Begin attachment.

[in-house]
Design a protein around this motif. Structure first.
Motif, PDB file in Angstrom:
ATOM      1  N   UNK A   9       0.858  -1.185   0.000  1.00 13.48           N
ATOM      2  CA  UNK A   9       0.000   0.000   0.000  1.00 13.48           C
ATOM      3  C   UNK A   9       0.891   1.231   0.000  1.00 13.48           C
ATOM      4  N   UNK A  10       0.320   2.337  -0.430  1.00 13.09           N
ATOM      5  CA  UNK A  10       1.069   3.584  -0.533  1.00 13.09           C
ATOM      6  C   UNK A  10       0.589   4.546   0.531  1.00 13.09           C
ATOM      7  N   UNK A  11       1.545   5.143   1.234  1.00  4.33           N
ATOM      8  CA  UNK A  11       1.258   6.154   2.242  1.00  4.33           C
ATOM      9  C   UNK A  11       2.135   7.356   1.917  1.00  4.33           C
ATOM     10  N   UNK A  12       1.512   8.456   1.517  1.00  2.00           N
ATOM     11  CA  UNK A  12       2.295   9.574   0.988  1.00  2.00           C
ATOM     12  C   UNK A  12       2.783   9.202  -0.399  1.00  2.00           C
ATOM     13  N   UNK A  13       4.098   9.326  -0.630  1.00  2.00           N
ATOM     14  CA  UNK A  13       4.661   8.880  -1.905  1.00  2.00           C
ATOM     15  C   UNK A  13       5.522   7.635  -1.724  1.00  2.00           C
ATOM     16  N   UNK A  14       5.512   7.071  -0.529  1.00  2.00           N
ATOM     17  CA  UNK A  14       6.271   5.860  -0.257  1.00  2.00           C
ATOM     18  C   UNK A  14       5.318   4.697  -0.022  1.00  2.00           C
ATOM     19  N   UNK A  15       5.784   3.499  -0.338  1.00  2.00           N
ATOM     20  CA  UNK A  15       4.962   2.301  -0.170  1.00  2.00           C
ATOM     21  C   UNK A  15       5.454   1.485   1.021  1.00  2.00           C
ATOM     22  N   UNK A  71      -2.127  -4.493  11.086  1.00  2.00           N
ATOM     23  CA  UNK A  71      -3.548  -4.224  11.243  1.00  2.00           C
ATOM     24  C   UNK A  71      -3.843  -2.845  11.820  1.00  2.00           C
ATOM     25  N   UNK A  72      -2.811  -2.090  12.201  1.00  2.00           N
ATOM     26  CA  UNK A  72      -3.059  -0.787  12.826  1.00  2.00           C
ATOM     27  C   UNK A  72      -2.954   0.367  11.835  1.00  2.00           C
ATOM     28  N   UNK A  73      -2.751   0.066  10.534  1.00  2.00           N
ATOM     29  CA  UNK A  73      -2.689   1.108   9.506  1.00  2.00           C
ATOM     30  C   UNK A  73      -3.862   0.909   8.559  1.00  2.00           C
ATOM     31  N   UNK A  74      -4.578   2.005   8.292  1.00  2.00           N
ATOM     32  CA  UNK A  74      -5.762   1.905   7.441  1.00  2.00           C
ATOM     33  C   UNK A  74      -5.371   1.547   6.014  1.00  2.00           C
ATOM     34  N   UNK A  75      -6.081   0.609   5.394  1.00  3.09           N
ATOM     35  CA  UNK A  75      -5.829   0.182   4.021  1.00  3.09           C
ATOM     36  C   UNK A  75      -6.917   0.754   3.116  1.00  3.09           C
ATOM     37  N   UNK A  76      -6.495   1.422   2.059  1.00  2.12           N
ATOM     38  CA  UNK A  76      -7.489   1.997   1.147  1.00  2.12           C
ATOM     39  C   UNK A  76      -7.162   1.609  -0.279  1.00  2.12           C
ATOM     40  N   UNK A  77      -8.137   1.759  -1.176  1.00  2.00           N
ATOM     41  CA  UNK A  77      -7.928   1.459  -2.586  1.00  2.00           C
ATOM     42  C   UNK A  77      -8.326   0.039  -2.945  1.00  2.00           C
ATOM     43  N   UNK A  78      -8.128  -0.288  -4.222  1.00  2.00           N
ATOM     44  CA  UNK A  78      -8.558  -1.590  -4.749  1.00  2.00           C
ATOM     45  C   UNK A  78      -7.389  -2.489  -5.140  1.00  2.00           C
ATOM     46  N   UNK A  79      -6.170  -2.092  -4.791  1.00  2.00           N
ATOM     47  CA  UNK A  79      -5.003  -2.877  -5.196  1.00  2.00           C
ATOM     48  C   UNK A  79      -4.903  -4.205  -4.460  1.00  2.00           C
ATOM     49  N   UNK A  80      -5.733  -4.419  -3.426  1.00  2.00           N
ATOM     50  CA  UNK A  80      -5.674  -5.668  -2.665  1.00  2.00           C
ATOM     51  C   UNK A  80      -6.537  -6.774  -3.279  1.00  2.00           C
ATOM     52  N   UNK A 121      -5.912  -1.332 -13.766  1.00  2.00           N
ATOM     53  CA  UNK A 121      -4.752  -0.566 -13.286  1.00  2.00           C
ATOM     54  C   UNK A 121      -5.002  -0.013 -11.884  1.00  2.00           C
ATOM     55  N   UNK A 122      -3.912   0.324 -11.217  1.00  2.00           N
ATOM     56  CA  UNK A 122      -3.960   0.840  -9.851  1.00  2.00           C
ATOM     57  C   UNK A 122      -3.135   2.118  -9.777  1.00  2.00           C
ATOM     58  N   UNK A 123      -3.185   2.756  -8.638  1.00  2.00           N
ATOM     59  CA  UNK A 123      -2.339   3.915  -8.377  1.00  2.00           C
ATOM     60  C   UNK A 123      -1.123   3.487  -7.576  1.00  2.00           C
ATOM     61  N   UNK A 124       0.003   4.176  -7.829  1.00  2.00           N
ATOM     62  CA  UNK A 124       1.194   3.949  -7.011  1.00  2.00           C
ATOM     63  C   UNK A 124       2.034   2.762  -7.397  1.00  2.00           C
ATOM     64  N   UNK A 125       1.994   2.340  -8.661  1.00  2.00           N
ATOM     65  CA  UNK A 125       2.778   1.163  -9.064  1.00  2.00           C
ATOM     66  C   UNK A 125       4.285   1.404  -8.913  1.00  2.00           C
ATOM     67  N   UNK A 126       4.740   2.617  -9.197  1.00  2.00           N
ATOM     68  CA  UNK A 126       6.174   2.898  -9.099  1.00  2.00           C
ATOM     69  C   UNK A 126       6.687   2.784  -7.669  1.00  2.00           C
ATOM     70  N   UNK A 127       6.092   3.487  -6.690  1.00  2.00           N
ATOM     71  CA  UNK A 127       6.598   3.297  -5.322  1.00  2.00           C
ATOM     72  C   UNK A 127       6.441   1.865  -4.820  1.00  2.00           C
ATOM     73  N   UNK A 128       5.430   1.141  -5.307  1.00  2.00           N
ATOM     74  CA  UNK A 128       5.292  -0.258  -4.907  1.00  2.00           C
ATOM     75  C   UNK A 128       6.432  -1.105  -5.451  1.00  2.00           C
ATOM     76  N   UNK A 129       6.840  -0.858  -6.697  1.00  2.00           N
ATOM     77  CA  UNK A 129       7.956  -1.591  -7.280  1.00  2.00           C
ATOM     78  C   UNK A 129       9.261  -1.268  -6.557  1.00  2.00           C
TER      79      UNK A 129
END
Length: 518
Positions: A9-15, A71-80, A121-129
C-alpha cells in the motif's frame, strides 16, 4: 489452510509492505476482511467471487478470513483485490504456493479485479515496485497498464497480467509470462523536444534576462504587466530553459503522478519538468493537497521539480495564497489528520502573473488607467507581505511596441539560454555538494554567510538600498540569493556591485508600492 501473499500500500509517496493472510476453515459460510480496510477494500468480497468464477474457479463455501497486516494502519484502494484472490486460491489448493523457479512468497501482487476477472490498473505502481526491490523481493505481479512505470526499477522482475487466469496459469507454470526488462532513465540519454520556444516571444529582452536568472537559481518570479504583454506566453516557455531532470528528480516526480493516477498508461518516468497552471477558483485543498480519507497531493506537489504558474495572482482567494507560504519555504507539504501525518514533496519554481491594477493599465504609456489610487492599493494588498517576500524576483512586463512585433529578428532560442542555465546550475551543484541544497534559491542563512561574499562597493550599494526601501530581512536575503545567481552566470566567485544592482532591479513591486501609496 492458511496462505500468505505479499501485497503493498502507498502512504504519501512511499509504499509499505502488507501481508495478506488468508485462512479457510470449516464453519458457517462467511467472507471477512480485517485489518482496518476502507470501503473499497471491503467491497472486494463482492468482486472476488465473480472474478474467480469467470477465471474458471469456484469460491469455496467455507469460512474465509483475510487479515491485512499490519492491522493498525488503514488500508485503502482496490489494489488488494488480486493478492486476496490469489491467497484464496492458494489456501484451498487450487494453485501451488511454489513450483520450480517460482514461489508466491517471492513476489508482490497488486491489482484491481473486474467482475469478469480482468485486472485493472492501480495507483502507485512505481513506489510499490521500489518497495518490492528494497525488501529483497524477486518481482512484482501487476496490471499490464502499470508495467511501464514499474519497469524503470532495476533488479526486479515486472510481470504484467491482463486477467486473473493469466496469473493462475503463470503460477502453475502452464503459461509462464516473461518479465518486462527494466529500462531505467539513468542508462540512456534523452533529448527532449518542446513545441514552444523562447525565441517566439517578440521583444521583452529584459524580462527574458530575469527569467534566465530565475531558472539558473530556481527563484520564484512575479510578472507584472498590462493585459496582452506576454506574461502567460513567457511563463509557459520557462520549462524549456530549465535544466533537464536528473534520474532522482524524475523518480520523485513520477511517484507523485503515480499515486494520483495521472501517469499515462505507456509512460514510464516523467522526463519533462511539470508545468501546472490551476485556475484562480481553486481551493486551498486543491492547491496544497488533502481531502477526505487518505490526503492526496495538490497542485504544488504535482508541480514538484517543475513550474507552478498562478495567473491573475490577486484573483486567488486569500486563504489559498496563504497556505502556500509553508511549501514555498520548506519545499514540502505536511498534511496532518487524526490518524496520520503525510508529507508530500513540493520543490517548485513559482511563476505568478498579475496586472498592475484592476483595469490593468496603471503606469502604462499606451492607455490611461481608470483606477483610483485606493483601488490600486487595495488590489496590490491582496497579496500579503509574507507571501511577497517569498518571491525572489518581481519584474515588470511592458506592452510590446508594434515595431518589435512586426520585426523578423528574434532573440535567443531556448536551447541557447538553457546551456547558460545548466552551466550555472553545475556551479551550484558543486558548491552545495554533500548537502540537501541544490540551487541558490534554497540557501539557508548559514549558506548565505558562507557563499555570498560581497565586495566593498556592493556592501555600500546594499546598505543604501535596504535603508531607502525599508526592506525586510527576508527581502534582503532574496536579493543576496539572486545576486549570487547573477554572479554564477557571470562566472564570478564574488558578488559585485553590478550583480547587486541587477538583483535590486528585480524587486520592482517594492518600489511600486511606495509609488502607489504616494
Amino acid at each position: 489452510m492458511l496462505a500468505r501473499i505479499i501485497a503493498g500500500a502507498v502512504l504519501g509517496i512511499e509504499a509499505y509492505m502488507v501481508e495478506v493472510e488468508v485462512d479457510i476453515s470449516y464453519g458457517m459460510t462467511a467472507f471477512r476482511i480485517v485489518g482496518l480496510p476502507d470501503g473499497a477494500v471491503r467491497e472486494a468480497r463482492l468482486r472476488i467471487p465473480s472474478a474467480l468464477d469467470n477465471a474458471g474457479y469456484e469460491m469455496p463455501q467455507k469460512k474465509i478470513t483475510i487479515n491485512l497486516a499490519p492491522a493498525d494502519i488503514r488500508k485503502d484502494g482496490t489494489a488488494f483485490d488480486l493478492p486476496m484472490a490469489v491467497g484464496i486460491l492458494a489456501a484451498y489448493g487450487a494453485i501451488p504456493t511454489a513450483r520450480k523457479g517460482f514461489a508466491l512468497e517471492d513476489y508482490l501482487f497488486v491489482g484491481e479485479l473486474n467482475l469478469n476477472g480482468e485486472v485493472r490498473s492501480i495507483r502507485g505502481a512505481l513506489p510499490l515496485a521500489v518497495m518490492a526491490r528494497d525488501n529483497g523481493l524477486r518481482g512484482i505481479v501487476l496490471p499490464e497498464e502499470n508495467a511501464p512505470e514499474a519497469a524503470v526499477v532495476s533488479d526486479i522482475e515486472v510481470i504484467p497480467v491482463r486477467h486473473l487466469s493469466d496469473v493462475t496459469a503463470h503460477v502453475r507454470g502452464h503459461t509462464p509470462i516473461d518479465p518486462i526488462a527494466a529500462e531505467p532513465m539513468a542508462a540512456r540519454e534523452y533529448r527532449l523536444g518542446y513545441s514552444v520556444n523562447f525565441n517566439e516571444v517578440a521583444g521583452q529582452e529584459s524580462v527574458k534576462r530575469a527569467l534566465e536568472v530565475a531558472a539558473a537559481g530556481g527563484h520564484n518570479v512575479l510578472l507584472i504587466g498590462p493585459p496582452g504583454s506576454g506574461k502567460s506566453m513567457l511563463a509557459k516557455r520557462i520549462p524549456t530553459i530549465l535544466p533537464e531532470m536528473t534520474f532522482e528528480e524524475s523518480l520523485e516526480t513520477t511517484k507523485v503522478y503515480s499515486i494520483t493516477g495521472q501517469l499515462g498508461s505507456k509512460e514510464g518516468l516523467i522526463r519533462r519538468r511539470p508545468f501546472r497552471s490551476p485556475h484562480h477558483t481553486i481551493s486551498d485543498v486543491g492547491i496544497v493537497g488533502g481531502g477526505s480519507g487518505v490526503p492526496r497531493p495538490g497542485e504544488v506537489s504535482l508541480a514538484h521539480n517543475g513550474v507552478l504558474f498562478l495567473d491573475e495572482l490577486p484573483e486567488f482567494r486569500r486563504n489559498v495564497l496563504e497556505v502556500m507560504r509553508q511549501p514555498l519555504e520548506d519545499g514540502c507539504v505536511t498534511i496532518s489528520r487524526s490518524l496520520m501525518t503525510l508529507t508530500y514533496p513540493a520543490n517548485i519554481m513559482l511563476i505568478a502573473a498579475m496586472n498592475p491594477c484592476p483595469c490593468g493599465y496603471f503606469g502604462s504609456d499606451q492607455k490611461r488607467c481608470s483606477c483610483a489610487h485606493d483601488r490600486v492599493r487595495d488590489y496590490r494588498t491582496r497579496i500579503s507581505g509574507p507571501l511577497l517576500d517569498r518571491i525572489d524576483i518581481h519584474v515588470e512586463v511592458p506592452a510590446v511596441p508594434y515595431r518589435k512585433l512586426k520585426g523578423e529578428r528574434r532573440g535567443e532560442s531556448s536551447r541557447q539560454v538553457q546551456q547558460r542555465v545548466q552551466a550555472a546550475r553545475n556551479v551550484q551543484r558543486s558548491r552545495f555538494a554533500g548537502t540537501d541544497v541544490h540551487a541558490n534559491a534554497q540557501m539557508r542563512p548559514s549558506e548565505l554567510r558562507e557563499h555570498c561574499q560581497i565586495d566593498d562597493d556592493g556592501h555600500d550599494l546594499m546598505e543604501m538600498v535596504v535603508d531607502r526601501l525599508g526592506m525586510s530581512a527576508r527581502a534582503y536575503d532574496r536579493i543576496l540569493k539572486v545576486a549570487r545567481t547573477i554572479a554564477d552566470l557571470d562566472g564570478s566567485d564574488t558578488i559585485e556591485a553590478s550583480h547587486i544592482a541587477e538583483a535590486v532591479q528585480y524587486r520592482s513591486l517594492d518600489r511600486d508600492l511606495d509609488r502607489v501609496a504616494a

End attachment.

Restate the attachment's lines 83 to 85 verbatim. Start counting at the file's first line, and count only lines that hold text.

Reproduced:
END
Length: 518
Positions: A9-15, A71-80, A121-129